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Portland Crossword Puzzle Contest Saturday, February 03, 2007

As other competitors work diligently to complete their puzzles, Tom Gazzola (center), who finished early, passes the time by—how else?—doing a crossword puzzle.

A gathering of crossword puzzle afficionados could hardly be described as "typical Portland occurrence (8)," but more than two dozen met at the central library on Saturday morning to "get into the game, perhaps (4)."

he third annual Portland Crossword Puzzle Contest challenged all comers to test their wits with these and other clues in the quest for the top prize—a dictionary.

Organizer Caleb Burns, who describes the competition as "harmless," says he started the contest three years ago because there wasn't anything similar in the area. "It beats shooting smack, and you hardly ever get arrested for doing puzzles," he jokes.

The competitors, who sorted themselves into "elite" or "open" classes, had up to 15 minutes to solve each puzzle. To win, they simply had to supply the most correct answers. The faster solver was favored in the event of a tie.

The answers for each class were the same, but the clues were more difficult for elite class participants. Where elite-level contestants had to deal with "Show delight (4)" and "R. Sativus (6)," open participants were given "Ray of sunshine" and "Salad vegetable." The answers? Beam and radish, of course.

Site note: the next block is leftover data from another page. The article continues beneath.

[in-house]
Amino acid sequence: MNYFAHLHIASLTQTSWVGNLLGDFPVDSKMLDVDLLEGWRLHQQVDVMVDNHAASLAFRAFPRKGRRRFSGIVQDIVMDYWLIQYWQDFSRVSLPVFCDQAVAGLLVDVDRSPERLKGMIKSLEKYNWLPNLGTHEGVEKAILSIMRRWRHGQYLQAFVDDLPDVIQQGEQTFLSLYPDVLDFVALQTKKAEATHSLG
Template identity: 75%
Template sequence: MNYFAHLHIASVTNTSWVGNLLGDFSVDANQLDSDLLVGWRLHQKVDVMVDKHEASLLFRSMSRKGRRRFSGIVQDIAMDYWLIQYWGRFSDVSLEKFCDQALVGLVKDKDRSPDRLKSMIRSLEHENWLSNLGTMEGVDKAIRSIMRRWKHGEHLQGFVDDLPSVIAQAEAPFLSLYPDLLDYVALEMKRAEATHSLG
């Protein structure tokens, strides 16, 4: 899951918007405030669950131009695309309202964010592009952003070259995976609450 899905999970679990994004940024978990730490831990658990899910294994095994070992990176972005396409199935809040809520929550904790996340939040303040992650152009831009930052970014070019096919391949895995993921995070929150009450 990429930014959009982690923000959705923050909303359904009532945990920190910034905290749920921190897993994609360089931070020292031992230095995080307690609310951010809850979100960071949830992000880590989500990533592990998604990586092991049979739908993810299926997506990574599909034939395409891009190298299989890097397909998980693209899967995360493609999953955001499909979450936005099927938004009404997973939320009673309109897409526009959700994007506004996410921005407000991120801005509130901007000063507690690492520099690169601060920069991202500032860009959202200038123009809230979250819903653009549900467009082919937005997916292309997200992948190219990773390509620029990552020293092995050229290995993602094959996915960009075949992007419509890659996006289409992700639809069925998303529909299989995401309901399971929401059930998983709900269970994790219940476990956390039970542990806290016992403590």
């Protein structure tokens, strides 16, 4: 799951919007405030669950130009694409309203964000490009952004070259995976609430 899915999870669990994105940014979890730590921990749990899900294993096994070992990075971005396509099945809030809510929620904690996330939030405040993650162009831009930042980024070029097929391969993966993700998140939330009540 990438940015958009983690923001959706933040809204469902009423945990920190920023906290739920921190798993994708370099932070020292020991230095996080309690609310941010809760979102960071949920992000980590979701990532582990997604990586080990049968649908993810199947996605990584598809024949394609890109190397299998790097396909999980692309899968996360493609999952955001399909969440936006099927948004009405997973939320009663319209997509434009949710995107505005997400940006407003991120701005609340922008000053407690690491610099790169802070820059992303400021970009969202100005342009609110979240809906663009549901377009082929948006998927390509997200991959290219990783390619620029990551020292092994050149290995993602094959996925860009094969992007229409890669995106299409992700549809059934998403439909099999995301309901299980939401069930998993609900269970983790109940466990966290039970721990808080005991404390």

After three rounds of puzzles, the top three contestants in each class advanced to the "puzzle-off" round, solving large puzzles on easels.

Puzzler Bob Thiman, right, who has competed in all of the Portland contests, says that he doesn't do any special preparation for the contest. He just does the New York Times puzzle every Friday, Saturday, and Sunday. "They get tougher through the week," he notes.

Syndicated crossword writer Matt Jones, who won the competition in its first year, created the puzzles for the final two rounds of this year's competition.

If crossword competitions aren't a typical Portland occurrence, what is? A "rainy day," of course. And how does one "get into the game?" Ante.

(right) Judges Jane Burns, Matt Jones, and Corinne Spiegel score the competitors between rounds.